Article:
When I finally see it… MY NAME! on the list of those who have passed (or rather, my father’s name, since that is my surname, Haha) I wanted to jump with joy. So, unofficially, my staff nurses and my PPKs who were in the car with me were the first people in my department to know about my passing the exam (other than Dr. T and ourmutual good friend who had congratulated us). I told my staff nurses and my PPKs not to tell anyone in the department first, because I have very specific people I want to have the honour of being OFFICIALLY informed first.
Such as my family.
I whatsapp my parents straightaway because I couldn’t wait until I got home to do it properly. Haha.
And my siblings were like “Okay, esok Angah kena belanja makan!” Hahah. My younger sister, Alida, has been saying “Kak Ngah memang suka buat drama. Hari dia balik exam, muka monyok macam apa. Cakap konon susahlah. Exaggerate la tu. Sebenarnya dia saja kata susah, supaya kalau dia pass, dia boleh cakap kata dia terer.” I laughed out loud. (That’s NOT TRUE, guys! To me, it was the hardest exam of my life. Only about 50% of our candidates actually passed. Out of 661 candidates all over the world, only 346 passed Part A. I have told my siblings, if I pass, it must be because I was somehow triggered to choose the BEST answer. Because correct answers were in the options, but BEST answer is the one they want. It was confusing as hell!)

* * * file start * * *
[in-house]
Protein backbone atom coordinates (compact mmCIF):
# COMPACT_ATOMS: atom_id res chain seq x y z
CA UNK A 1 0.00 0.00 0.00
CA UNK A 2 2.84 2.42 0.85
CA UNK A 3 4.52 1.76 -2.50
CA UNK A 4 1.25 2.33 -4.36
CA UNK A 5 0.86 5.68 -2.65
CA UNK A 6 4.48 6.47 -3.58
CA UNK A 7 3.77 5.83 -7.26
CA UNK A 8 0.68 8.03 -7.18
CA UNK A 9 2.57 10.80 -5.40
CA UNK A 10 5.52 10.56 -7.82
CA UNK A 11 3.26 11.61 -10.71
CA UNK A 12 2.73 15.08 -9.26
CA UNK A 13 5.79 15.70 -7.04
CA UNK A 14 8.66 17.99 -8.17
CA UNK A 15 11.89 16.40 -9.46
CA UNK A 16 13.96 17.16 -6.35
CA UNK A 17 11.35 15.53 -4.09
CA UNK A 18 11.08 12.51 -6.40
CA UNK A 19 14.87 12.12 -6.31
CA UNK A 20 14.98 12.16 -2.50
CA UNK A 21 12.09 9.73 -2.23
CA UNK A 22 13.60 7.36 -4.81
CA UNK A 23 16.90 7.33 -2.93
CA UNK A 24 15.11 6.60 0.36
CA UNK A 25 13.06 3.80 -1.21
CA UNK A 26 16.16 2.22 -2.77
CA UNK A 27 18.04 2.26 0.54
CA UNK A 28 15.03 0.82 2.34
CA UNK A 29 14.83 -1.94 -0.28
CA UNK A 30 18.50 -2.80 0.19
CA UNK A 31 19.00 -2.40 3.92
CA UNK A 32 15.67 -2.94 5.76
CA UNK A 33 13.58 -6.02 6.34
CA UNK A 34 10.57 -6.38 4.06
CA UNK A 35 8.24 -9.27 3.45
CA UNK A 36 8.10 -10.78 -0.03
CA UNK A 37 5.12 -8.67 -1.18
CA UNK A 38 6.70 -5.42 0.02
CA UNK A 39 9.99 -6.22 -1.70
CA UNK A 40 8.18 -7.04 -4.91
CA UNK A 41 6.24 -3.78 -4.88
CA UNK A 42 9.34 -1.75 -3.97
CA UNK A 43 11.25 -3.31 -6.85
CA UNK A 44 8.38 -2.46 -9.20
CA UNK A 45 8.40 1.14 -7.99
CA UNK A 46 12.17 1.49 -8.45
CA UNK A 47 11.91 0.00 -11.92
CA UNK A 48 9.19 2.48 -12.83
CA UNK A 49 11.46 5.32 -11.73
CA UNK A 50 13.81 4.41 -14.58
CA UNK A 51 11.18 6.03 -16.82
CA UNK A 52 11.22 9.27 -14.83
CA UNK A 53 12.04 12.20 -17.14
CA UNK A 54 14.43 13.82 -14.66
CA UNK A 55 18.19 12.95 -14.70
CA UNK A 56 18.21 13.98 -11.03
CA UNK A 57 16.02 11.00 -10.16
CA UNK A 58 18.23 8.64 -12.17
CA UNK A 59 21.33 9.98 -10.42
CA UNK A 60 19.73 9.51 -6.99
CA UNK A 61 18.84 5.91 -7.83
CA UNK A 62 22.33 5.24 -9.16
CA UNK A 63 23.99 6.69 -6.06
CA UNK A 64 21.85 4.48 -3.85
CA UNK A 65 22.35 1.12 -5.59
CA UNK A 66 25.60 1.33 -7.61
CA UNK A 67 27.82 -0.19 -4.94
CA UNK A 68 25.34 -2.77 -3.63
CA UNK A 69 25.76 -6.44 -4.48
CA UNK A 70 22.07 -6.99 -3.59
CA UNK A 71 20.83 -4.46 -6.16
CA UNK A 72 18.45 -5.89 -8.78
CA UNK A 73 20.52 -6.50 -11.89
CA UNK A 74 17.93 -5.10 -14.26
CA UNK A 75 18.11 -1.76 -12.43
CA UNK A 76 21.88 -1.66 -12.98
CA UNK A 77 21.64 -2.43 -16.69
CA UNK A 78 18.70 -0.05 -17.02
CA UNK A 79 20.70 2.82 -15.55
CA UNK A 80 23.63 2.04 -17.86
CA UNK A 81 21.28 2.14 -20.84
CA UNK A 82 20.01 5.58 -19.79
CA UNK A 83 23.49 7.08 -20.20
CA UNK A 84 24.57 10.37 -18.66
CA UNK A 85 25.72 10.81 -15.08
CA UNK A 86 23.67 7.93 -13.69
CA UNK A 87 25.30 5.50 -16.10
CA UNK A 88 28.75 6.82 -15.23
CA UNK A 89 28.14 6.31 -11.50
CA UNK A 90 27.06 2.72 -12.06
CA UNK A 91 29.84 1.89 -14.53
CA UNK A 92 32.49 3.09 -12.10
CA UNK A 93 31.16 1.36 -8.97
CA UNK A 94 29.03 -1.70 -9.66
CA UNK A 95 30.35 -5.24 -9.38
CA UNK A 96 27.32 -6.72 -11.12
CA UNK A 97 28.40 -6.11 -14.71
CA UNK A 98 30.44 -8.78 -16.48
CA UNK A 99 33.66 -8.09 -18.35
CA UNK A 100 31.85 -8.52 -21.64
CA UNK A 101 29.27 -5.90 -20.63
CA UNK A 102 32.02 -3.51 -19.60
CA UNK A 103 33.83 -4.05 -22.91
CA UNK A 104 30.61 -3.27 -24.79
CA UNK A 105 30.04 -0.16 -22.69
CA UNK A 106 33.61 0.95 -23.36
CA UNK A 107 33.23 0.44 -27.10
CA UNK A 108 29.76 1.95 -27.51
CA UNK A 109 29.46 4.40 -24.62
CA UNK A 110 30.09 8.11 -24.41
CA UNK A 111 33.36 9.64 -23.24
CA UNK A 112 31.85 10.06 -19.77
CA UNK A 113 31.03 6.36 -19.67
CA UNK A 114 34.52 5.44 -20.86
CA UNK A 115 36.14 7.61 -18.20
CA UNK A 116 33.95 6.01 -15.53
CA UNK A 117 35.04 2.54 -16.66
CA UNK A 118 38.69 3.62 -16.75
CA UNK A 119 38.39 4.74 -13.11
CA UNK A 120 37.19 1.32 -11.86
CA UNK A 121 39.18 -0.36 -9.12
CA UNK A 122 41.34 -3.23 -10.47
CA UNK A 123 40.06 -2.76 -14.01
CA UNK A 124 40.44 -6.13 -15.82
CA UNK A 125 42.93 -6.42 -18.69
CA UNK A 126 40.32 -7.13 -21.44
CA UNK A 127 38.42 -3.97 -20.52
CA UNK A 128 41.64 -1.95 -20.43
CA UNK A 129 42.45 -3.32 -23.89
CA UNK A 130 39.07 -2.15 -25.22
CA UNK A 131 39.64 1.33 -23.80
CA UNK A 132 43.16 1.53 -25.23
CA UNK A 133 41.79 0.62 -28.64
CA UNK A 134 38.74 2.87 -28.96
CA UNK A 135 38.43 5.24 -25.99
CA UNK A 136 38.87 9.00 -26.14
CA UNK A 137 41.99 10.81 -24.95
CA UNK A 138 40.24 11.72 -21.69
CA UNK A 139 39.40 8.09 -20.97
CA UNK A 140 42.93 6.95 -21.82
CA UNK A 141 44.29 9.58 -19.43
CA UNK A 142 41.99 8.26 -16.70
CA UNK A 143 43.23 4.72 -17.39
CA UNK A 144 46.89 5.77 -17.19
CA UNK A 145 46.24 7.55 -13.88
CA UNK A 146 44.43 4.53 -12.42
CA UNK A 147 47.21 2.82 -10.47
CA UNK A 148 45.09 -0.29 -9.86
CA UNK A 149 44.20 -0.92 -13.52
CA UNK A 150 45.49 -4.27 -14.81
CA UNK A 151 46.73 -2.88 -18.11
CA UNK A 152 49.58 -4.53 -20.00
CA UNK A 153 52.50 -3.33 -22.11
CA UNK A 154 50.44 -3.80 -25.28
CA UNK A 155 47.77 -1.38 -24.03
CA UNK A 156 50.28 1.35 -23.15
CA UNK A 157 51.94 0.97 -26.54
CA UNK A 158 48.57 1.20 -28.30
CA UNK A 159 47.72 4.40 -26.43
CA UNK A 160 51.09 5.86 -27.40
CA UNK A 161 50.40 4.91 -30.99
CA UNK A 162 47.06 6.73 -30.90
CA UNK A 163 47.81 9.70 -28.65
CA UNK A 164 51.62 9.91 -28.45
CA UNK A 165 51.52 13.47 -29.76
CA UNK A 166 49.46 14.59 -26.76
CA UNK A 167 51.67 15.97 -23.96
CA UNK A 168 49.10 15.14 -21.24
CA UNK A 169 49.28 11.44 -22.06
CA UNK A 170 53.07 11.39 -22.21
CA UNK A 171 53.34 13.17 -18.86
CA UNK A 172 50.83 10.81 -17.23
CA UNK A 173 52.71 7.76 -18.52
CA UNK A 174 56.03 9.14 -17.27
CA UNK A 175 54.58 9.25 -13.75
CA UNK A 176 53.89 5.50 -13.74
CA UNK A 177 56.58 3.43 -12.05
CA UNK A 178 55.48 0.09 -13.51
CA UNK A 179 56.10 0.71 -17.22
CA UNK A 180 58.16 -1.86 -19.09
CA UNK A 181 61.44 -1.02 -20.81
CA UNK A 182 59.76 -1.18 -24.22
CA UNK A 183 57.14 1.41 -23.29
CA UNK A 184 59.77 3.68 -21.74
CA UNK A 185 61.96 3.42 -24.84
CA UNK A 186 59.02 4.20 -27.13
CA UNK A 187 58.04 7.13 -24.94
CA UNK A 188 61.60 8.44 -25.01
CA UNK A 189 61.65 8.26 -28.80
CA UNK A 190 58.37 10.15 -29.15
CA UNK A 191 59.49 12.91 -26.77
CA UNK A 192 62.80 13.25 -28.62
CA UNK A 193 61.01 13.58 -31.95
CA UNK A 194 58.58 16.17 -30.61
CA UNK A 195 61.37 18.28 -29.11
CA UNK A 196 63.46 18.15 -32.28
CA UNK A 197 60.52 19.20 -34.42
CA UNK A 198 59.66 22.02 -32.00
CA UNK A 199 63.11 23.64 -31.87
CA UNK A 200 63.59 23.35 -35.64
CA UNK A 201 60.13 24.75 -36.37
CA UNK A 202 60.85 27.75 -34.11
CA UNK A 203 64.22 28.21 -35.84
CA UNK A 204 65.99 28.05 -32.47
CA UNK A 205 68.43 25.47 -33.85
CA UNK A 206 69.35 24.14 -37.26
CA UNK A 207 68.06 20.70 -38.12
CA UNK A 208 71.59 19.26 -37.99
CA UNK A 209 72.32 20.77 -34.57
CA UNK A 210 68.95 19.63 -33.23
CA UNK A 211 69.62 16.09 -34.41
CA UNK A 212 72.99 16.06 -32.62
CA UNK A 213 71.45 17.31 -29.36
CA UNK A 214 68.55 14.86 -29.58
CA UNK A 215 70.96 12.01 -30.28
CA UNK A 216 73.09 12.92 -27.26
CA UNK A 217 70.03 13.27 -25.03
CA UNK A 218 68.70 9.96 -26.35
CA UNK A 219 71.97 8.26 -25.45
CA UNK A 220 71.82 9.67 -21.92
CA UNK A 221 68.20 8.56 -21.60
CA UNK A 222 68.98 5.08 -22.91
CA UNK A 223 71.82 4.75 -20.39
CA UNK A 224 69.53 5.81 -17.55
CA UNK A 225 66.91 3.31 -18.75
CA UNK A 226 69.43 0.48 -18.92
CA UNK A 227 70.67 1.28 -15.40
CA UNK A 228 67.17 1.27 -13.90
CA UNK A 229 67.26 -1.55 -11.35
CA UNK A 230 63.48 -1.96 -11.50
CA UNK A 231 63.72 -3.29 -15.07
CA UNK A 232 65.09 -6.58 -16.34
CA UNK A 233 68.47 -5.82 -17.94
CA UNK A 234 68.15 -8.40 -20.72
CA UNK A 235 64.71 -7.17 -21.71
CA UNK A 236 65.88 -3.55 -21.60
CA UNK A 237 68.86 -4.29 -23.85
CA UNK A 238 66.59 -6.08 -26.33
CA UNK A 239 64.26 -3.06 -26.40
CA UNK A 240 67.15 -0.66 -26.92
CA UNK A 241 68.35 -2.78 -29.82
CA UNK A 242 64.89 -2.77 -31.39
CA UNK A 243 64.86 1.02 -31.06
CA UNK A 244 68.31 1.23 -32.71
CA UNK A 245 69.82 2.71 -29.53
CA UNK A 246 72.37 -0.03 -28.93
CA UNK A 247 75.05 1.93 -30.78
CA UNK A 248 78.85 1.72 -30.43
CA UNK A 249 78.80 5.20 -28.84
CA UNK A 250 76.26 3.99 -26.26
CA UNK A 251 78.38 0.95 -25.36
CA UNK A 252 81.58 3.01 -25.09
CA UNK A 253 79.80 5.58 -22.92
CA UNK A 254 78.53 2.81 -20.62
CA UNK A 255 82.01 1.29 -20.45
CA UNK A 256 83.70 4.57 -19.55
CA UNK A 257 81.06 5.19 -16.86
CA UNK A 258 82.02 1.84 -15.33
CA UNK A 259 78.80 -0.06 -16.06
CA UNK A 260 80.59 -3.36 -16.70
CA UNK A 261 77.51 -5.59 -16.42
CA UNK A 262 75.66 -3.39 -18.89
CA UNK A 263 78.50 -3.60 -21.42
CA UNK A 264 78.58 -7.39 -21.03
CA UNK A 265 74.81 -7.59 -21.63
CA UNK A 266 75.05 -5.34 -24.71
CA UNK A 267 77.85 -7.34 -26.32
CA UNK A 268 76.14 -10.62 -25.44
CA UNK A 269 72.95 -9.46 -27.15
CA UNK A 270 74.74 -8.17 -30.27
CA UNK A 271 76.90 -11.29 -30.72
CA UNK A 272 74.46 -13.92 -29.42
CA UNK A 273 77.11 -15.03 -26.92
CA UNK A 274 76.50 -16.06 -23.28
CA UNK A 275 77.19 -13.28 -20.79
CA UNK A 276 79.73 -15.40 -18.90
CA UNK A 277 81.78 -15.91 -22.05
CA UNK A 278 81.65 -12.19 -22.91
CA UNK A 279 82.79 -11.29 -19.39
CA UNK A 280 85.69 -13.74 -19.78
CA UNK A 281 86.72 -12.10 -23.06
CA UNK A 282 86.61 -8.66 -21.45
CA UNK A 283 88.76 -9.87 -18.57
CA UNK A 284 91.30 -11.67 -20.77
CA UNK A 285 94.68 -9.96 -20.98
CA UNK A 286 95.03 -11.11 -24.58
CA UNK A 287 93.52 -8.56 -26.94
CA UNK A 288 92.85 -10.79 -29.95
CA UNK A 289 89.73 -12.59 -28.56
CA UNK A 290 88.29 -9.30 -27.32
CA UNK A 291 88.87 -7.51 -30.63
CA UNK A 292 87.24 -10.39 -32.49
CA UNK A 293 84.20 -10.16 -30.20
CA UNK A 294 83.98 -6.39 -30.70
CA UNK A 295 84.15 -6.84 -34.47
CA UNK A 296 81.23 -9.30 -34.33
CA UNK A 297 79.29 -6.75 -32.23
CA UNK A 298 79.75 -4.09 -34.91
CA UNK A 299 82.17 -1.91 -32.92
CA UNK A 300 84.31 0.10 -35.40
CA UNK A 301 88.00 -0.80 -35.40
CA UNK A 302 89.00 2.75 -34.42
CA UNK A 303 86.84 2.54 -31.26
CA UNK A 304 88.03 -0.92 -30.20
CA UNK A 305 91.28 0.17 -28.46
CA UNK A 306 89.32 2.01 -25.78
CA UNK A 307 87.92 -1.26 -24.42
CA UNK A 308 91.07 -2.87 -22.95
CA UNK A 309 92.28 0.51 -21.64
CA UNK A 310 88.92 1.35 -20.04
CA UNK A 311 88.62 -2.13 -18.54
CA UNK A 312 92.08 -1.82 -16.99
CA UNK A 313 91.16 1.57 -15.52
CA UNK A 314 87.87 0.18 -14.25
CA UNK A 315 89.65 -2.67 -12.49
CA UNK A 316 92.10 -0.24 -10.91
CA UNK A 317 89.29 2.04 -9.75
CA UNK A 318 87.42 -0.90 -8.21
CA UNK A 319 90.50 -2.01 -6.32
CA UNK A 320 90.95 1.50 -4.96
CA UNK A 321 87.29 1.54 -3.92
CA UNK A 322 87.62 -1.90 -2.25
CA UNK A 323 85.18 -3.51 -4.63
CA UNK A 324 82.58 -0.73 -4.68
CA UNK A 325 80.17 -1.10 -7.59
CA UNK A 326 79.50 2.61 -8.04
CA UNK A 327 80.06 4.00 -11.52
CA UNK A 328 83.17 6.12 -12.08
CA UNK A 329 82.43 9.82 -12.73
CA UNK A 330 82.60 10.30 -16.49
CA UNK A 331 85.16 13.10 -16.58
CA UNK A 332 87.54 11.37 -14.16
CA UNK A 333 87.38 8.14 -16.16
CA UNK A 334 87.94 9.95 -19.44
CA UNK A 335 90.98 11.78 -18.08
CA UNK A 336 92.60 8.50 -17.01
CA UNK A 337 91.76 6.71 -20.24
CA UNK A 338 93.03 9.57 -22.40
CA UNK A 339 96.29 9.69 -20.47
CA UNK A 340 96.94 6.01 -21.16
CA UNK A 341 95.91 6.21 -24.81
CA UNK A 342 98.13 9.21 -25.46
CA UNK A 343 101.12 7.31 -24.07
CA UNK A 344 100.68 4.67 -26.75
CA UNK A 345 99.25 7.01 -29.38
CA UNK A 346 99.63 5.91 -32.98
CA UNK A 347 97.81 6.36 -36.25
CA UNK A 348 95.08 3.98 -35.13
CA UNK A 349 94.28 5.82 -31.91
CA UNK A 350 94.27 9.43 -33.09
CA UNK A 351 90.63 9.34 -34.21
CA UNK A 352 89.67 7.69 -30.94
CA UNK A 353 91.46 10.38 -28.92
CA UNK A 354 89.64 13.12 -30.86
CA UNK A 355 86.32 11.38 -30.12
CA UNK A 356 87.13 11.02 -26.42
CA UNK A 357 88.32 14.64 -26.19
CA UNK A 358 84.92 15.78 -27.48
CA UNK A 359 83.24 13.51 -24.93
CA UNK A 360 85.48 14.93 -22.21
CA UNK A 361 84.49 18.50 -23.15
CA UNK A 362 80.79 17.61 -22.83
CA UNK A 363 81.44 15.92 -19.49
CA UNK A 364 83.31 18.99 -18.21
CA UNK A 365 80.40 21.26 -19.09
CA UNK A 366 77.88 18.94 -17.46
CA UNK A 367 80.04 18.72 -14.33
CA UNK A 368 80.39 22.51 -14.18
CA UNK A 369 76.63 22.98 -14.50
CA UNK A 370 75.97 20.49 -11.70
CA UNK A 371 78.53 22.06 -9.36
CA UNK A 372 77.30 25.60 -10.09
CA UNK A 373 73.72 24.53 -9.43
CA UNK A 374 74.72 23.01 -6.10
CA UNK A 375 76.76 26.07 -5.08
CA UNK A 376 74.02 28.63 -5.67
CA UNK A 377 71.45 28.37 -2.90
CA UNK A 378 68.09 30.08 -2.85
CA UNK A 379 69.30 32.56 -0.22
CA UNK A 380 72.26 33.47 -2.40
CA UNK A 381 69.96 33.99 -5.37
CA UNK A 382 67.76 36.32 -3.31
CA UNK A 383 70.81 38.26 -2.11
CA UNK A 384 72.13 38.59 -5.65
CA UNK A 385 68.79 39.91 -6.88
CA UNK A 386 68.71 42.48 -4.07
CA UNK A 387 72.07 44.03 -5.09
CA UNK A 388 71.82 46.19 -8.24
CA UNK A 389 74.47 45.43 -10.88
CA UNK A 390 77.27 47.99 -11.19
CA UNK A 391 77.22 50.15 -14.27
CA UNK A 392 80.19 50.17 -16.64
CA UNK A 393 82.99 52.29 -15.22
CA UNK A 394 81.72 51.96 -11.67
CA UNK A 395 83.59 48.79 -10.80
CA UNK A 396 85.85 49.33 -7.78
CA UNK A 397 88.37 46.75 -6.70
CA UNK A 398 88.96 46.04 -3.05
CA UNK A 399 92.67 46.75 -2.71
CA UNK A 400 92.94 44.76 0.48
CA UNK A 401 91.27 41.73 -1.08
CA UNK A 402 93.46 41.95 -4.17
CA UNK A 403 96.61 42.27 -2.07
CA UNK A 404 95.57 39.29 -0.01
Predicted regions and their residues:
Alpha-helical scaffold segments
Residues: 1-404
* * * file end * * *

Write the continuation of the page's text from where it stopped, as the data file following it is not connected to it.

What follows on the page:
I had officially informed my dearest best friend too, Dr. F, who has just passed her Master exam Part 1 last December and we are planning to celebrate our mutual happiness once she is back from KL.
The next day (well, this morning), I sent a text to my ex-HOD, Dato’ R, to tell him that Dr. T and I have passed our Part A. I think he deserved to know first because he was the one who had granted us our one month unrecorded leave to allow us to focus on our exam. (I end up using my own annual leaves due to some really annoying administrative stuff. But his intention to grant us such generous unrecorded leaves was clear from the start and Dr. T and I really appreciate his gesture from the bottom of our hearts. In some centers, they won’t even let you get straight study time even if you are using your own annual leaves. So, I am very grateful to Dato’ R.)
And then,you, my dear readers! Officially, after my family, my best friend and my ex-HOD, you guys are the ones I officially inform regarding my beautiful blessing. My happiness is too big for me to hug it all to myself. I am JUST over the moon.
I am very blessed for having such a supportive people around me. My family is my pillar of strength. My parents never stop praying for me. They take academic performance seriously and they always push us to continue our studies. When I achieve anything, the first person I want to inform it to will always be my mother. Then, my father and the rest of my siblings.
They give me what I need to put in a good fight and a good effort. As much as I appreciate wishes of good luck and emotional support, I don’t really need it that much (especially the copy-pasted good luck spamming via Whatsapp that people tend to do these days). I mean, by fitrah, Allah gifted me with the ability to self-motivate. Alhamdulillah.